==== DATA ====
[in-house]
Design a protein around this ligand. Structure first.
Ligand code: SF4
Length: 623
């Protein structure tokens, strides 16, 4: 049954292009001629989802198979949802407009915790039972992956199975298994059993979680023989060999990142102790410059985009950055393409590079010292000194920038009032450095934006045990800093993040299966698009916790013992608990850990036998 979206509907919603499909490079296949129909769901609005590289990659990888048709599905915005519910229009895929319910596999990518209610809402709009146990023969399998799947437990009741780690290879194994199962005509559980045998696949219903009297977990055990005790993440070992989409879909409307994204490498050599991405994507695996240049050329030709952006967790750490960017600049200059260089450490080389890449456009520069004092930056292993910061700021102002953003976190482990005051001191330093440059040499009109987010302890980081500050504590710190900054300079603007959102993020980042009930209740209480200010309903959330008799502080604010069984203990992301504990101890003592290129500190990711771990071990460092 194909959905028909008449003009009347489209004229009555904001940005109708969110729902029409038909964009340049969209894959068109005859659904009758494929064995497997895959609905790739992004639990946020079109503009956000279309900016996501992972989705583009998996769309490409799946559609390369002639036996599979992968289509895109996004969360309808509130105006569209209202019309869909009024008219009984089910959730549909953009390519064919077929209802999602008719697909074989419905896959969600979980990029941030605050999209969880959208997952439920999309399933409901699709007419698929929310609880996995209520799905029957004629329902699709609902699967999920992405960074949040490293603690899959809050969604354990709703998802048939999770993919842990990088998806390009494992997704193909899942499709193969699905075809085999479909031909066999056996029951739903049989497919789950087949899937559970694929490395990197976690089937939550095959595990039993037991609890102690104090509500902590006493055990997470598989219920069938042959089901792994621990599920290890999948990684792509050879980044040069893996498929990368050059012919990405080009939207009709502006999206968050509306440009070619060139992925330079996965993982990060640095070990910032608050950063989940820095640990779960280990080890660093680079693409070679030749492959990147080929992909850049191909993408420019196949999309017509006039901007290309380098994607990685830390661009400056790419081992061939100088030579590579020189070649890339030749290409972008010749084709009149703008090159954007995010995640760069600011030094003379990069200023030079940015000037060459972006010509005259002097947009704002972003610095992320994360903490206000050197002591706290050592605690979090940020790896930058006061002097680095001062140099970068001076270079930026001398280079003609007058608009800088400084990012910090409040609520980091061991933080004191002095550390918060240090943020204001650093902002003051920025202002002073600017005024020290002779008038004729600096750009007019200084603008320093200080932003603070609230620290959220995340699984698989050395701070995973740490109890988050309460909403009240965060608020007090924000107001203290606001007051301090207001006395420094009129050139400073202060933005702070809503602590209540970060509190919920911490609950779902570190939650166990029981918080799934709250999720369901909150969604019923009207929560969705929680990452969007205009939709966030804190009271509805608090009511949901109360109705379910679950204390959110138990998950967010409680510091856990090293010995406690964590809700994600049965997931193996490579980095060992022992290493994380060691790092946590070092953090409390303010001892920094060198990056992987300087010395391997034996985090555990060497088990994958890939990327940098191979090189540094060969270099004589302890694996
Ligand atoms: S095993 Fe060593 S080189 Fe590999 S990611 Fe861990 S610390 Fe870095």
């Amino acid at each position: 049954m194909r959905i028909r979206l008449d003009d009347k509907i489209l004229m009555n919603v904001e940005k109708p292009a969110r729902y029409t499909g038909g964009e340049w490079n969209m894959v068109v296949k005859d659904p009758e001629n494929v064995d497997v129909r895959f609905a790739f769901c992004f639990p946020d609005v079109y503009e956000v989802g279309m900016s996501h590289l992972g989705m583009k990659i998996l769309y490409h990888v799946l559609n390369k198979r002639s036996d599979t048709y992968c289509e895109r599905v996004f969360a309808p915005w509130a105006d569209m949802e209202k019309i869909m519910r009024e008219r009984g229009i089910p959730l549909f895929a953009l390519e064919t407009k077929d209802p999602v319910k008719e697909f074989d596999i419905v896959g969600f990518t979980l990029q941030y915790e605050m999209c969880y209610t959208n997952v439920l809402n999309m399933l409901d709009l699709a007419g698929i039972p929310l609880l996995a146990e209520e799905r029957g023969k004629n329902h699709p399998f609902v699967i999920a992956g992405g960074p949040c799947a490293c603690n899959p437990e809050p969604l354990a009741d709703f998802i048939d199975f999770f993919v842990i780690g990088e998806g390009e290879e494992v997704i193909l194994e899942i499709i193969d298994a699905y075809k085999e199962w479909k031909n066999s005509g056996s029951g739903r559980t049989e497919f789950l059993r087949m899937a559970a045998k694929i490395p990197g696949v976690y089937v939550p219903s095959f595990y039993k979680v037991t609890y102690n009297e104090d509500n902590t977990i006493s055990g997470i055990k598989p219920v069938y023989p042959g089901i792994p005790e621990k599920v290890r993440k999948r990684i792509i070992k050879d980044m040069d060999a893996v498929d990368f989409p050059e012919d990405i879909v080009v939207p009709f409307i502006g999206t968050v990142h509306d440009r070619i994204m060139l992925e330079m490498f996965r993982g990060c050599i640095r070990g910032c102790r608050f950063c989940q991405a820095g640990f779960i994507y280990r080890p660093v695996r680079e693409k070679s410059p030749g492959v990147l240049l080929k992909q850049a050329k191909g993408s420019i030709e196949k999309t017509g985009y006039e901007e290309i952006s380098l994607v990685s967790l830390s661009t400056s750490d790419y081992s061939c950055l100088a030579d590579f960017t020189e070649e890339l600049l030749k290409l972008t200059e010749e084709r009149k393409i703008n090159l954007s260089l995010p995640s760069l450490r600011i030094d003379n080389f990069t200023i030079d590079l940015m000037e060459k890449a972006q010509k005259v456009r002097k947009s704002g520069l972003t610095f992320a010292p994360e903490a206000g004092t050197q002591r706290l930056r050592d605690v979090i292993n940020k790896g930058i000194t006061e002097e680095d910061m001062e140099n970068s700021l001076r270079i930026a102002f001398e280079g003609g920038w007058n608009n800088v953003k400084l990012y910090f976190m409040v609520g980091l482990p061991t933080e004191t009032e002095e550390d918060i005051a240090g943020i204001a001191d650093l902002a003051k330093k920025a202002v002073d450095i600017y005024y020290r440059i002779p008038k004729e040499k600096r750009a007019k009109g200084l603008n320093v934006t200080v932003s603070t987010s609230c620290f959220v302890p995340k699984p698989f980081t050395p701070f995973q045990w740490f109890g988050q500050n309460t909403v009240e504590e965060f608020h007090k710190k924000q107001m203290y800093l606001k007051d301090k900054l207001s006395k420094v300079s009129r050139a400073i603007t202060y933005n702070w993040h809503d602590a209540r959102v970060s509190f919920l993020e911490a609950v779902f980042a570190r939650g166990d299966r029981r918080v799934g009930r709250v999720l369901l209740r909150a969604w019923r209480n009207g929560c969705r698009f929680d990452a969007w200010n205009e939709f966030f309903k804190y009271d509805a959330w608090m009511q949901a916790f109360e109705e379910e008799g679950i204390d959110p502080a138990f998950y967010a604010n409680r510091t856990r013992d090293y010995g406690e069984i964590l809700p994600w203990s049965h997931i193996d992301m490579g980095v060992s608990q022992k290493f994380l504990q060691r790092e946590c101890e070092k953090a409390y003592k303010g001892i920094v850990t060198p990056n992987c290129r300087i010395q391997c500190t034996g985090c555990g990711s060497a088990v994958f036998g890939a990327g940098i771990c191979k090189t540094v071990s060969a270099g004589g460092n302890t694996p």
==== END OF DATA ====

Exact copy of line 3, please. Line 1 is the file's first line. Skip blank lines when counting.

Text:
Ligand code: SF4